State AG advises to beware of jobless benefits scam
Scam artists tend to prey on those most vulnerable or the most desperate in society — those who can least afford to lose what the scammer is trying to obtain. It’s difficult for decent people to fathom how someone could choose to profit off such schemes, knowing how devastating it likely will be for the targeted individual if successful.
The latest scam in Michigan tries to take advantage of those collecting much-needed unemployment benefits, warns Michigan Attorney General Dana Nessel.
Claimants are receiving an email from a Gmail account that appears to be from the Unemployment Insurance Agency asking for personal information. The scammer also attaches what looks like an actual communication from the UIA in an apparent effort to strengthen the credibility of the email.
“There is no government agency, state or federal, that uses Gmail for official purposes,” Nessel said, noting the scammer’s email address. “Michigan residents should always examine the full email address if the sender is requesting their personal information.”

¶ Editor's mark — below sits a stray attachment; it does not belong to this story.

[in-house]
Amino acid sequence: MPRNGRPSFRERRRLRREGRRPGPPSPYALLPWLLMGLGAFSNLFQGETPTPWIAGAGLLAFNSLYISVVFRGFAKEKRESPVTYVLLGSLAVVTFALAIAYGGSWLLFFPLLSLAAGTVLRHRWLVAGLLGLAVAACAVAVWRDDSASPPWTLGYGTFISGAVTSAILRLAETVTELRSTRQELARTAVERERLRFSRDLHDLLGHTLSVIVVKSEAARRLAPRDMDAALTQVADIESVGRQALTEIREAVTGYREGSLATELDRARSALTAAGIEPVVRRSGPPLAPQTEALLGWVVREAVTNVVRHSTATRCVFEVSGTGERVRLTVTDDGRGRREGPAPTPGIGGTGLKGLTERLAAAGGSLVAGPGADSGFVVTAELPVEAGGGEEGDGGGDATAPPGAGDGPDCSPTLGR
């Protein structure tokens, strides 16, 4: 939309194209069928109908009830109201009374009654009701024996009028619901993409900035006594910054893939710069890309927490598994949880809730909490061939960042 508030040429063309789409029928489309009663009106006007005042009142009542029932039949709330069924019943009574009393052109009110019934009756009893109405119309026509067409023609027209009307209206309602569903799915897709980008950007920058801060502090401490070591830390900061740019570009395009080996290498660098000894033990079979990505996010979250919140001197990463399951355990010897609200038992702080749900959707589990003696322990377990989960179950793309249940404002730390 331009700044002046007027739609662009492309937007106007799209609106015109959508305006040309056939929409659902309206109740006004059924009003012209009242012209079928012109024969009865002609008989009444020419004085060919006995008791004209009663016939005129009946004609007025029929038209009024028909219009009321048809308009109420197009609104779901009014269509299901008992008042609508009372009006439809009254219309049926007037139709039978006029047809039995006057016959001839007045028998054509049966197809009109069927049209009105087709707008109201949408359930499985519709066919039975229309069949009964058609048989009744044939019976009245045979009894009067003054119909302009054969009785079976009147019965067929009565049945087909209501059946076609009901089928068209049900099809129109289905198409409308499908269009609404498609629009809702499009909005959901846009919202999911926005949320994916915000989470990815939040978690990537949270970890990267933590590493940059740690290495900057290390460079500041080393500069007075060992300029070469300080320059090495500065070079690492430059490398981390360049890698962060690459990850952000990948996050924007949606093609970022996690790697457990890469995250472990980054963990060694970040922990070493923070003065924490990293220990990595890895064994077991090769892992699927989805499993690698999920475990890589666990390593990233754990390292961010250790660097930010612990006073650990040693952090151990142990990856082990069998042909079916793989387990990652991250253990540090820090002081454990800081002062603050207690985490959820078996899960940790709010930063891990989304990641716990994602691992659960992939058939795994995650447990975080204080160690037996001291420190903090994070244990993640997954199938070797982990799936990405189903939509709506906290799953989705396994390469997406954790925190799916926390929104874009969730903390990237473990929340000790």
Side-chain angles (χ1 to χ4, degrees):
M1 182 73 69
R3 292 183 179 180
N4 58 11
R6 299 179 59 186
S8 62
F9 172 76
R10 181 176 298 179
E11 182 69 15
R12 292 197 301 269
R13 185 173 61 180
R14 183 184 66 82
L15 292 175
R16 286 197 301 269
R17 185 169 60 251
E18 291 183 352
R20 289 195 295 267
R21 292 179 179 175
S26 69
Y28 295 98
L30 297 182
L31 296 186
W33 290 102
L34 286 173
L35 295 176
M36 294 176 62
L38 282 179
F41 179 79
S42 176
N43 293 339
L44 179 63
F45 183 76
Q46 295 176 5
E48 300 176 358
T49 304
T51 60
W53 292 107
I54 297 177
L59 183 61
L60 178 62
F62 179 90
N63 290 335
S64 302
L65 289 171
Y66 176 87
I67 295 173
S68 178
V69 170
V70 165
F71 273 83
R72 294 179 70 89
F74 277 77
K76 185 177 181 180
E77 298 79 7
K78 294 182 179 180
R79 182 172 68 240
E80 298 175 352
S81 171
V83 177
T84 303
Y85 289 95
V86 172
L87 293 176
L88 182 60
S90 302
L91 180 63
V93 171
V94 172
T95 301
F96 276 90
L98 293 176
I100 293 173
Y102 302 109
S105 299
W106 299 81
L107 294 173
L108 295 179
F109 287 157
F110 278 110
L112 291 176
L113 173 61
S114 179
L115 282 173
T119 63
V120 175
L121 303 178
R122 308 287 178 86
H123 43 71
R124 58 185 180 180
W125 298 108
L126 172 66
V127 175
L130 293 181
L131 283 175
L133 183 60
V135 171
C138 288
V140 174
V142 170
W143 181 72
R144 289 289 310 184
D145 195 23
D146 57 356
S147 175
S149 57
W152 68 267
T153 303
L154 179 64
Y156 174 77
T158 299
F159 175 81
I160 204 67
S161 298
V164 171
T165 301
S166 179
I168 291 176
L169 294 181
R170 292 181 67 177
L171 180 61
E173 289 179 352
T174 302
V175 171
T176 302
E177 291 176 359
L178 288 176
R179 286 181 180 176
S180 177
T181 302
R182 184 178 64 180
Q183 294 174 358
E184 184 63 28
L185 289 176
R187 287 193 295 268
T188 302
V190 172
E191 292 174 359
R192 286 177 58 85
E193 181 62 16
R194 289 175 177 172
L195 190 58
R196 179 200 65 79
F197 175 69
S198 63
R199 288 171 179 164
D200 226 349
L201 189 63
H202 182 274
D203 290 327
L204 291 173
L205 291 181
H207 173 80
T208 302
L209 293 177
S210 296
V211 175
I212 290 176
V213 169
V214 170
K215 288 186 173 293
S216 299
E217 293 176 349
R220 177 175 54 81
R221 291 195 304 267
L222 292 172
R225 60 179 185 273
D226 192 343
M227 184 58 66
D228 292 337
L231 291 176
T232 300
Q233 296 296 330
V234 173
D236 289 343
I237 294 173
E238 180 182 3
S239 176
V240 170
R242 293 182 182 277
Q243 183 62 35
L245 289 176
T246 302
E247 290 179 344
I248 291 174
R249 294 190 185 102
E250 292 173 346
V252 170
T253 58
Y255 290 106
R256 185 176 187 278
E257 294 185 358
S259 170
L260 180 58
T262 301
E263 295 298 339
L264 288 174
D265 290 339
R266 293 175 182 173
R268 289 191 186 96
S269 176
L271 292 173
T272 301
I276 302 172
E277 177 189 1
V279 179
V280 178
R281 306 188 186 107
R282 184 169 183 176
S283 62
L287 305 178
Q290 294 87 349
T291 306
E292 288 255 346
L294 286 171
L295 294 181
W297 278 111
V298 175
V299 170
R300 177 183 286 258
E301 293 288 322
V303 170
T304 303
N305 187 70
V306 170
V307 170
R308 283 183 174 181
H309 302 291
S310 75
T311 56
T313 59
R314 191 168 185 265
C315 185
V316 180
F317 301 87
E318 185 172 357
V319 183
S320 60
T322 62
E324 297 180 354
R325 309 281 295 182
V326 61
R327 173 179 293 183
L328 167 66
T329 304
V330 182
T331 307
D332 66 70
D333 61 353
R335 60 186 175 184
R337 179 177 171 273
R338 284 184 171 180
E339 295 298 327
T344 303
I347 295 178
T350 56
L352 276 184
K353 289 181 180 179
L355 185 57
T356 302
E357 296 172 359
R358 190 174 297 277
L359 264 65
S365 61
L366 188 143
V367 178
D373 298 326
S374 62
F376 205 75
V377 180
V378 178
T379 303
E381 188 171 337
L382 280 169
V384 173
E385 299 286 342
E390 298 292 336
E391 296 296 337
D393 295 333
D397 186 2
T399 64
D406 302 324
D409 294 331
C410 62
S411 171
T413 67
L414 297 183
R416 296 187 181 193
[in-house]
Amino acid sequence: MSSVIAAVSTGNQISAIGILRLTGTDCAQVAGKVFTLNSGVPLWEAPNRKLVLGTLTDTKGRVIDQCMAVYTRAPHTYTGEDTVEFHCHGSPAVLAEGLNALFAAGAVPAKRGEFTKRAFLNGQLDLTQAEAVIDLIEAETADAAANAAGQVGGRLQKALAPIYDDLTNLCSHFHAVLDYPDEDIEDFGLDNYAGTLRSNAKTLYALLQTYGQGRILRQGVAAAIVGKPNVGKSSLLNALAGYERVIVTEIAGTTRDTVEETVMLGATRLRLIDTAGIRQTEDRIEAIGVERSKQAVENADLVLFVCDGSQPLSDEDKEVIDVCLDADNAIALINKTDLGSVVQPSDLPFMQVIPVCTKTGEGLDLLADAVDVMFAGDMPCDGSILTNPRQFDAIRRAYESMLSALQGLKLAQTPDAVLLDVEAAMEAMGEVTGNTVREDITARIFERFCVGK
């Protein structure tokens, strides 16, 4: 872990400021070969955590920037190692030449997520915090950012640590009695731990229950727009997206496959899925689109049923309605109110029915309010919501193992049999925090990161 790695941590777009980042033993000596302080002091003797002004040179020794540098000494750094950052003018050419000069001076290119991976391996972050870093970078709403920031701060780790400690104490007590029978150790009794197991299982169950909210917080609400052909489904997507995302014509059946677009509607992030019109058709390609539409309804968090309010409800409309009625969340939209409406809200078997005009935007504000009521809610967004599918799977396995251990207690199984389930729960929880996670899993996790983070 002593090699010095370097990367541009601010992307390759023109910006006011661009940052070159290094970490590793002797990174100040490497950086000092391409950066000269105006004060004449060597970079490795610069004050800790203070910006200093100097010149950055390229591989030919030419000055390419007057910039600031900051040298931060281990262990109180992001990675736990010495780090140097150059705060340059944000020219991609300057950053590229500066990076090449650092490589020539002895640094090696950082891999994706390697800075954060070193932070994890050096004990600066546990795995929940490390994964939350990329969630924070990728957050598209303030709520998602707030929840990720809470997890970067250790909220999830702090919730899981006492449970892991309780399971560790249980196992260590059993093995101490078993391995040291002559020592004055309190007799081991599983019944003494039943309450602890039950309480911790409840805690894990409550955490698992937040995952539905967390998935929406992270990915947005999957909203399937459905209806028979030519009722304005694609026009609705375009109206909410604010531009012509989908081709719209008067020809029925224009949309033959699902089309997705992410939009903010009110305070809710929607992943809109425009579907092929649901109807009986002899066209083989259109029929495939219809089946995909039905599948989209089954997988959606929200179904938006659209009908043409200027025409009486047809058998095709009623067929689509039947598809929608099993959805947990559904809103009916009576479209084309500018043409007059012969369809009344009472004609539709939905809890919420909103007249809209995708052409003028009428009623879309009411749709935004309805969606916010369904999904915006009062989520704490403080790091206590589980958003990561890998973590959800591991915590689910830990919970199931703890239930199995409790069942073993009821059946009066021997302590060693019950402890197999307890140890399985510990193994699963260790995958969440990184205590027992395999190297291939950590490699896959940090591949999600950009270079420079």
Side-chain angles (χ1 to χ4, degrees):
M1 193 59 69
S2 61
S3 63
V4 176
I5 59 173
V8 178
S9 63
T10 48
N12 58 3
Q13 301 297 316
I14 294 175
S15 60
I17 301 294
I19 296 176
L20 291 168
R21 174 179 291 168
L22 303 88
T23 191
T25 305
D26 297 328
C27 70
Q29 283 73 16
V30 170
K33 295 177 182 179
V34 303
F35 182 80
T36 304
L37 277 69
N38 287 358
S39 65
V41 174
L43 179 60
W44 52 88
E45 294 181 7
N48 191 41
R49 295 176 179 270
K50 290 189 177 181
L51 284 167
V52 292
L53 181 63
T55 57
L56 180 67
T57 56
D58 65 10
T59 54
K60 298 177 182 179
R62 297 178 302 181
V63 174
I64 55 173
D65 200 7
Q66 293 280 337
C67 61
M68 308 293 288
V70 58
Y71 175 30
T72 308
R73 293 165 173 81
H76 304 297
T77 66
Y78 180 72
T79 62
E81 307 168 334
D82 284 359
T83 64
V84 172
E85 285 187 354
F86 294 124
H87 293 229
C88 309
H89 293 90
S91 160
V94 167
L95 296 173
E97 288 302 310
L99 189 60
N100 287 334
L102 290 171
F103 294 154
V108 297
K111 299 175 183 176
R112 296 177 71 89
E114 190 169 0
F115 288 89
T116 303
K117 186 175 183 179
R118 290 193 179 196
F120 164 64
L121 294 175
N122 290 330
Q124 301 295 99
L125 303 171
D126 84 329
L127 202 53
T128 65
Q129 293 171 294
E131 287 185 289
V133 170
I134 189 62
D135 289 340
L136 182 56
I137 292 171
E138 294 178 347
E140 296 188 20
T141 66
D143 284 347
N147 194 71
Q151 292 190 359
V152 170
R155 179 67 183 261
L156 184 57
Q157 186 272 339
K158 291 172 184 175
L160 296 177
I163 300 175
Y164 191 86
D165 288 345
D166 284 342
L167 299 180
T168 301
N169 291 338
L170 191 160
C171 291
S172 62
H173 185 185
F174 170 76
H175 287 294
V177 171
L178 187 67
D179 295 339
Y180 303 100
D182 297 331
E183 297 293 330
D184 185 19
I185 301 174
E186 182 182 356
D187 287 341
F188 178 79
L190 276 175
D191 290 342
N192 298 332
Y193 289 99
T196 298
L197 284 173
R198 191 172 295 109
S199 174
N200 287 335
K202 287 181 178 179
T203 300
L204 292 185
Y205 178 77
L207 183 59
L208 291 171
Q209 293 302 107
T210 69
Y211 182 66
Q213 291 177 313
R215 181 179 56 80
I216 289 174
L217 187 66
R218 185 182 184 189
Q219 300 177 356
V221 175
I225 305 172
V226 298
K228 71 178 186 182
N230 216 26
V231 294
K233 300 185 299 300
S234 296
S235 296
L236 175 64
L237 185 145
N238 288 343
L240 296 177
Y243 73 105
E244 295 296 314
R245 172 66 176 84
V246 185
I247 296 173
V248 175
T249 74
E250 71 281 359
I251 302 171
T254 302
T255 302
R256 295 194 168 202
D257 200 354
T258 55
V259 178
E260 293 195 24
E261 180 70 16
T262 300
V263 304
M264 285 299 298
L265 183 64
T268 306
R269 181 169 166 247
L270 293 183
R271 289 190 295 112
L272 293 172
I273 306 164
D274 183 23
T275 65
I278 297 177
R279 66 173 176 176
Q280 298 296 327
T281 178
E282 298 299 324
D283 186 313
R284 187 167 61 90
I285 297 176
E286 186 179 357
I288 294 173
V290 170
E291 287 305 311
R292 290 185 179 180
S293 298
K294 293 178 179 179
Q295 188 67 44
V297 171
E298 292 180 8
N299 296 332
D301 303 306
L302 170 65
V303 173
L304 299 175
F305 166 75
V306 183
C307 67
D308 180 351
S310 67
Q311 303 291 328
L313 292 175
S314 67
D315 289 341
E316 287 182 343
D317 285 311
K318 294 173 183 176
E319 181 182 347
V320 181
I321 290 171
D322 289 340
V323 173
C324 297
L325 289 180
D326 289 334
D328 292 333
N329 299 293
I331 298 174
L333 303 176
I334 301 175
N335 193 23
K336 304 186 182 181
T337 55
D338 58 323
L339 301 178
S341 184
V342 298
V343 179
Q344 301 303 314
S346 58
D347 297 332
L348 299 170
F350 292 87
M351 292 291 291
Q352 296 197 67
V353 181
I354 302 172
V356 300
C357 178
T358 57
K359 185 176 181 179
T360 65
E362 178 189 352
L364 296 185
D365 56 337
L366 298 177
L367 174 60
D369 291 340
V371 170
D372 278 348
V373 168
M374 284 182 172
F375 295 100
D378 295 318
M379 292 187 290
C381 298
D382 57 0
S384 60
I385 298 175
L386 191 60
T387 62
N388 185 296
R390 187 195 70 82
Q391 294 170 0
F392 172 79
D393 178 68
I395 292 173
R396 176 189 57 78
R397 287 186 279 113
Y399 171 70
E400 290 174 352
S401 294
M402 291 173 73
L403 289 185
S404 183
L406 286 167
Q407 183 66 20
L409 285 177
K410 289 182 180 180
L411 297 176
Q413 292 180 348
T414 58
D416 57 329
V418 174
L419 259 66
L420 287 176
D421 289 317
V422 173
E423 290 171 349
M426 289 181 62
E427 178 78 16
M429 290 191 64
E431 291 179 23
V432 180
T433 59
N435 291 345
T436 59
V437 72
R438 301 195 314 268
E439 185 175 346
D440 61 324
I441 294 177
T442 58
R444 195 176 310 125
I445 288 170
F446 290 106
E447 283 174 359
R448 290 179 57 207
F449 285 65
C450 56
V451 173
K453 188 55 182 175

Those who receive this email should not respond. UIA would never seek personal information through an email. Responses to ID verification requests from UIA should only be uploaded through the person’s secure Michigan Web Account Manager, or MiWAM, account online at the UIA’s website, which also has more information on guarding against identity theft.
Anyone who has fallen for this scam should immediately report fraud or identity theft with the UIA. They also should monitor their banking and account information each time they certify for benefits.
“Bad actors are increasingly sophisticated in their efforts to deceive people into giving away personal information,” Nessel advised. “This is one of the cruelest scams I’ve ever seen because it targets vulnerable residents who are desperate to receive their UIA benefits — so desperate that they may not inspect the email address to confirm its validity.”